TED Conversations

Andrew Witte

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Direct democracy Vs Representative democracy. A network to connect and empower America with our US politicians and our elected leadership.

I am developing a social network that could change the way America's political agenda is set. I would like to reset the tone of America by giving all Americans a choice in our futures again. One American network for all Americans. I believe America does not get involved with US politics merely because it’s complicated and we have all lost trust in our representative democracy. America wants a choice in what’s happening to us all, so let’s give it to them by creating a Direct Democracy network where the citizen has the power to make change on all levels. In the network the user will be able to view current bills on the floor at the congressional, senate, and presidential level. The user will have the ability to vote on these bills and view the voting results of all Ameritics users as they move to the respective floors of the house or reps and on the president’s desk. Ameritics users will be able to connect with other users and with their elected leaders; via the congressional district tab (connecting with citizens in your district), Senate state tab (connecting with citizens in your state), and Presidential tab (connecting with citizens in the United States). I believe more brains are better than one which is why I’m introducing a think tank; an area within the site where users join forces to create and share ideas on how to fix problems in their district, state, and country levels. The user will also have access to daily Q&A’s as well as current and trending news, a history of their district and state representatives, and approval ratings based on Ameritics activity. A real-time debt clock can also be found on the network. Ameritics users will be able to integrate their Ameritics activity with their personal social networking sites such as Facebook, Twitter, and Linkedin. Together we can empower our citizens. Our futures and our children’s futures depend on it.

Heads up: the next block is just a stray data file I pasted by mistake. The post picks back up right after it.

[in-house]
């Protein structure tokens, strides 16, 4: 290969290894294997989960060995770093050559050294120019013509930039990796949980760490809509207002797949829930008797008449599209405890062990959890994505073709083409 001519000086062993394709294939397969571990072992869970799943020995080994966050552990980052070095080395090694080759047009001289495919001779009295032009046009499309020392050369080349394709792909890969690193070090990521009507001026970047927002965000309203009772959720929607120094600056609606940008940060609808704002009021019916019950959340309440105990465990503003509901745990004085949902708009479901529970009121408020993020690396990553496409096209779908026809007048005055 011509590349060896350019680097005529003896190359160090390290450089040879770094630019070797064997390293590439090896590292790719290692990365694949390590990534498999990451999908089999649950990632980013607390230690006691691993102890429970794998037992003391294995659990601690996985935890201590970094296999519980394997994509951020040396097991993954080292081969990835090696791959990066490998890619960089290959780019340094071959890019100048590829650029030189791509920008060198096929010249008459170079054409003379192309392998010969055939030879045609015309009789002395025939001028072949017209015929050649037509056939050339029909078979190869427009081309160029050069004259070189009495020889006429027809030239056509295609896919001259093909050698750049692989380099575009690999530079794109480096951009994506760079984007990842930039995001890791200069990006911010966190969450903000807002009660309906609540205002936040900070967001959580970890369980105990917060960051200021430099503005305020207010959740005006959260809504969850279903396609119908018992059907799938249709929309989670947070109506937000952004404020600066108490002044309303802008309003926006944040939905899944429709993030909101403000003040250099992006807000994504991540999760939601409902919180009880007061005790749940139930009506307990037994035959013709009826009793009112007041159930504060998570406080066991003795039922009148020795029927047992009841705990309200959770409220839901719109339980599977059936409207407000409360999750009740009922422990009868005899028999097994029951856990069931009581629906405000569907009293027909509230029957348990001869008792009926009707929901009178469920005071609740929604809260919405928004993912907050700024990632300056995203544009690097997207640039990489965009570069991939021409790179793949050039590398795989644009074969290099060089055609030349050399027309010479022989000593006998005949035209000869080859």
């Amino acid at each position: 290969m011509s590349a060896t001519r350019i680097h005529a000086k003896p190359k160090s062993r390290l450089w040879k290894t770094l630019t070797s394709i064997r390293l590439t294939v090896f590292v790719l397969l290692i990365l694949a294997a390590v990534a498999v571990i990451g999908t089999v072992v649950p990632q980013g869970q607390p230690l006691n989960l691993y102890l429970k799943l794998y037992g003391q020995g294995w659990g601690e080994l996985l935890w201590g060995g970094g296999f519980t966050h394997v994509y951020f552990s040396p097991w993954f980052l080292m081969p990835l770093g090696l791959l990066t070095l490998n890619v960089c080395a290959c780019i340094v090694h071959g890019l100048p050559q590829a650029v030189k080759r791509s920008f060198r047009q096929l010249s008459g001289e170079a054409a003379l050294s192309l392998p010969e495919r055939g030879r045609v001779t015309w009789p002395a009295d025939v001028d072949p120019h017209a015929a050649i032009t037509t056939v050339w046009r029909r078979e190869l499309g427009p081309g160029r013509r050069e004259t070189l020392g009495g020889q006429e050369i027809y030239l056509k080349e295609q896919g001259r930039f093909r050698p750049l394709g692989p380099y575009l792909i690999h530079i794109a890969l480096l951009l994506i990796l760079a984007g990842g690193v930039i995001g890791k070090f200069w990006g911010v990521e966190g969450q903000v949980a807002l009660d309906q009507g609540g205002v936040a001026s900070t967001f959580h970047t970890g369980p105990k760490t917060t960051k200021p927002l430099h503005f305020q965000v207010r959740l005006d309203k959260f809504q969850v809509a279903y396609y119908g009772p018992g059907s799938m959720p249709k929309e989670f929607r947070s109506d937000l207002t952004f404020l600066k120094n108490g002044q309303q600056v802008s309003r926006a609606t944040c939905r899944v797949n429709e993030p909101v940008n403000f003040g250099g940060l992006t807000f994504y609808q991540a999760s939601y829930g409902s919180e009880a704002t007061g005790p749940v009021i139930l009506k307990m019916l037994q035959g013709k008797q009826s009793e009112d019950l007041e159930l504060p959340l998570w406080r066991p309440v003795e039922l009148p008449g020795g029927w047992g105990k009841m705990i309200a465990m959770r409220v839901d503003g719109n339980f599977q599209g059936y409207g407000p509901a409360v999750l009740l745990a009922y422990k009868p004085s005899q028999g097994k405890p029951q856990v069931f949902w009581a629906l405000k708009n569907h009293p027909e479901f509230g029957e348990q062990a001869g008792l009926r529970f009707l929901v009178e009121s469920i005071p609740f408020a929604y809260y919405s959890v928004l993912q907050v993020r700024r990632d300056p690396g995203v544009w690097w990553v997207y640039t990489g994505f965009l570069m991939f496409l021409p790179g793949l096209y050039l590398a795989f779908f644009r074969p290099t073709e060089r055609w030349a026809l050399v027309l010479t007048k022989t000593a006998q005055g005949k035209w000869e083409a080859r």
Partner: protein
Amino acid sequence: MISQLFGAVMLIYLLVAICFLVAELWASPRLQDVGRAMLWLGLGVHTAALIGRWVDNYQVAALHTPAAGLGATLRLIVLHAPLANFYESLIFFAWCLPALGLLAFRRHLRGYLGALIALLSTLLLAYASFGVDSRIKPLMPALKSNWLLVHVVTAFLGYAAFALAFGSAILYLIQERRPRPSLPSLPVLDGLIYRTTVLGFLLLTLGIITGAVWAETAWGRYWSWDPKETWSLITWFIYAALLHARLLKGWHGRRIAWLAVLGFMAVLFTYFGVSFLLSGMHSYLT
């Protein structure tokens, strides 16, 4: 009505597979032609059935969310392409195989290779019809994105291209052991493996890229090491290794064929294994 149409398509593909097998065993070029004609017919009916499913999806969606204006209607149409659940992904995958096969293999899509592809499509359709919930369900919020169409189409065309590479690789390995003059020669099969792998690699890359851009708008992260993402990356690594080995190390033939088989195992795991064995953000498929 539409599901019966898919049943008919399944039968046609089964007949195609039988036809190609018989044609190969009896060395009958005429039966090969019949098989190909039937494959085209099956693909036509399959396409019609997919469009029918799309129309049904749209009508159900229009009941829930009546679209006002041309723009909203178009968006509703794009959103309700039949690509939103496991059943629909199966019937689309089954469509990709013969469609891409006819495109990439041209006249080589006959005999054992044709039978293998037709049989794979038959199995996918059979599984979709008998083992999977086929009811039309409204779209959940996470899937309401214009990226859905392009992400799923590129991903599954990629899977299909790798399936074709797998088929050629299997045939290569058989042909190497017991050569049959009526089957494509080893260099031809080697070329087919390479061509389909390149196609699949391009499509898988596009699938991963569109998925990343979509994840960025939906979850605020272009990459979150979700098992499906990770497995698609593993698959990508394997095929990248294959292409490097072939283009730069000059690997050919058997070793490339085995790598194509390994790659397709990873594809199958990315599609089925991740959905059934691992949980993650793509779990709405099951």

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    Jul 3 2012: cool.

    here is my suggestion: include a budget browser. the user first establishes the amount of total tax he pays in a year. there should be calculators, or simply let him enter as he wants. then show the central budget projected onto his contribution, that is, how much money he personally spent on government programs. the browser should be easy to search and summarize by various aspects. it also should include not yet realized, but proposed optional spendings.

    rationale: it is easy to juggle numbers like billion or trillion dollars, nobody has a clue how much is that. but if you explicitly see that you yourself spent USD10,000 on military, or 1000 on war on drugs, you might get upset a bit, and re-evaluate the necessity of such programs.
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      Jul 9 2012: Krisztián Pintér

      That is a great idea to have a budget browser. I do know that the house passed a bill that all tax dollars spent by US government will have to be loaded in to one central location on the internet for all users to see. This will be a great asset to show Americans how their hard earned tax dollars are spent. I very much will incorporate this Idea into Ameritcs. Thanks for your idea and input.

      Andrew Witte

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